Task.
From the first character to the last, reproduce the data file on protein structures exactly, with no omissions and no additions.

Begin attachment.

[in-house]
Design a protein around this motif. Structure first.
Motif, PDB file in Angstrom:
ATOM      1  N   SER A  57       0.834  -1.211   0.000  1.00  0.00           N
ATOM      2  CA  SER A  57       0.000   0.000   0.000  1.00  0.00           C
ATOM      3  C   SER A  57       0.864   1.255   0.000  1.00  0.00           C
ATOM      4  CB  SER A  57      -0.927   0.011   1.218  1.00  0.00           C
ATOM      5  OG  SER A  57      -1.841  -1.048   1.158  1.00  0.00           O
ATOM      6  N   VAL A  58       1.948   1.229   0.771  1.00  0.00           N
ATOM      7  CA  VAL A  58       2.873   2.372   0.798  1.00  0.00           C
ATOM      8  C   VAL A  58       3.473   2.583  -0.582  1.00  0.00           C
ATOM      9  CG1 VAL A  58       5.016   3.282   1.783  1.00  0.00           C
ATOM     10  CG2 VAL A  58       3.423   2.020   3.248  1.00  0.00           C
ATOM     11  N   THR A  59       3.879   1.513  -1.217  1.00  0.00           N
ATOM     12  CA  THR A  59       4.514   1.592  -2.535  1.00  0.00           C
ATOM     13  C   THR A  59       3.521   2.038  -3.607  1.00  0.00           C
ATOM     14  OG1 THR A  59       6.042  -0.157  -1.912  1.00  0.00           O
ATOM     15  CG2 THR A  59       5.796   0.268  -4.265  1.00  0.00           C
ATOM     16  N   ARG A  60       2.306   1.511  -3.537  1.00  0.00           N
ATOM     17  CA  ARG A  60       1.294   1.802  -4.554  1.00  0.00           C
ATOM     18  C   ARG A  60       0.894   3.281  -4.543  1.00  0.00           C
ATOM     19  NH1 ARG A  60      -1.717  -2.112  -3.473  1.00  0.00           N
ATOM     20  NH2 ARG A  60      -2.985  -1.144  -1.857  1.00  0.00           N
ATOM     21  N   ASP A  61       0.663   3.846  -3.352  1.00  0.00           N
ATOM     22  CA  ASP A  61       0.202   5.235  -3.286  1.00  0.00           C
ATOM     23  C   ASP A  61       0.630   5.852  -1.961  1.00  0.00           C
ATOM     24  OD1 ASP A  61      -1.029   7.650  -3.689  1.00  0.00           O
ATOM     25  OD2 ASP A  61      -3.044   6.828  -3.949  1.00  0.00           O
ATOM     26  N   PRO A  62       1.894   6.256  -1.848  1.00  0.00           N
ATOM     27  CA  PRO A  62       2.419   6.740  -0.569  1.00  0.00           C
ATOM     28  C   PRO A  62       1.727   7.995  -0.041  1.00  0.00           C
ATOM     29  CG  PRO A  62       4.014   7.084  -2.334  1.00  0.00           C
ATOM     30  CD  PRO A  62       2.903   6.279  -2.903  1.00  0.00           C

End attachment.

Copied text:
[in-house]
Design a protein around this motif. Structure first.
Motif, PDB file in Angstrom:
ATOM      1  N   SER A  57       0.834  -1.211   0.000  1.00  0.00           N
ATOM      2  CA  SER A  57       0.000   0.000   0.000  1.00  0.00           C
ATOM      3  C   SER A  57       0.864   1.255   0.000  1.00  0.00           C
ATOM      4  CB  SER A  57      -0.927   0.011   1.218  1.00  0.00           C
ATOM      5  OG  SER A  57      -1.841  -1.048   1.158  1.00  0.00           O
ATOM      6  N   VAL A  58       1.948   1.229   0.771  1.00  0.00           N
ATOM      7  CA  VAL A  58       2.873   2.372   0.798  1.00  0.00           C
ATOM      8  C   VAL A  58       3.473   2.583  -0.582  1.00  0.00           C
ATOM      9  CG1 VAL A  58       5.016   3.282   1.783  1.00  0.00           C
ATOM     10  CG2 VAL A  58       3.423   2.020   3.248  1.00  0.00           C
ATOM     11  N   THR A  59       3.879   1.513  -1.217  1.00  0.00           N
ATOM     12  CA  THR A  59       4.514   1.592  -2.535  1.00  0.00           C
ATOM     13  C   THR A  59       3.521   2.038  -3.607  1.00  0.00           C
ATOM     14  OG1 THR A  59       6.042  -0.157  -1.912  1.00  0.00           O
ATOM     15  CG2 THR A  59       5.796   0.268  -4.265  1.00  0.00           C
ATOM     16  N   ARG A  60       2.306   1.511  -3.537  1.00  0.00           N
ATOM     17  CA  ARG A  60       1.294   1.802  -4.554  1.00  0.00           C
ATOM     18  C   ARG A  60       0.894   3.281  -4.543  1.00  0.00           C
ATOM     19  NH1 ARG A  60      -1.717  -2.112  -3.473  1.00  0.00           N
ATOM     20  NH2 ARG A  60      -2.985  -1.144  -1.857  1.00  0.00           N
ATOM     21  N   ASP A  61       0.663   3.846  -3.352  1.00  0.00           N
ATOM     22  CA  ASP A  61       0.202   5.235  -3.286  1.00  0.00           C
ATOM     23  C   ASP A  61       0.630   5.852  -1.961  1.00  0.00           C
ATOM     24  OD1 ASP A  61      -1.029   7.650  -3.689  1.00  0.00           O
ATOM     25  OD2 ASP A  61      -3.044   6.828  -3.949  1.00  0.00           O
ATOM     26  N   PRO A  62       1.894   6.256  -1.848  1.00  0.00           N
ATOM     27  CA  PRO A  62       2.419   6.740  -0.569  1.00  0.00           C
ATOM     28  C   PRO A  62       1.727   7.995  -0.041  1.00  0.00           C
ATOM     29  CG  PRO A  62       4.014   7.084  -2.334  1.00  0.00           C
ATOM     30  CD  PRO A  62       2.903   6.279  -2.903  1.00  0.00           C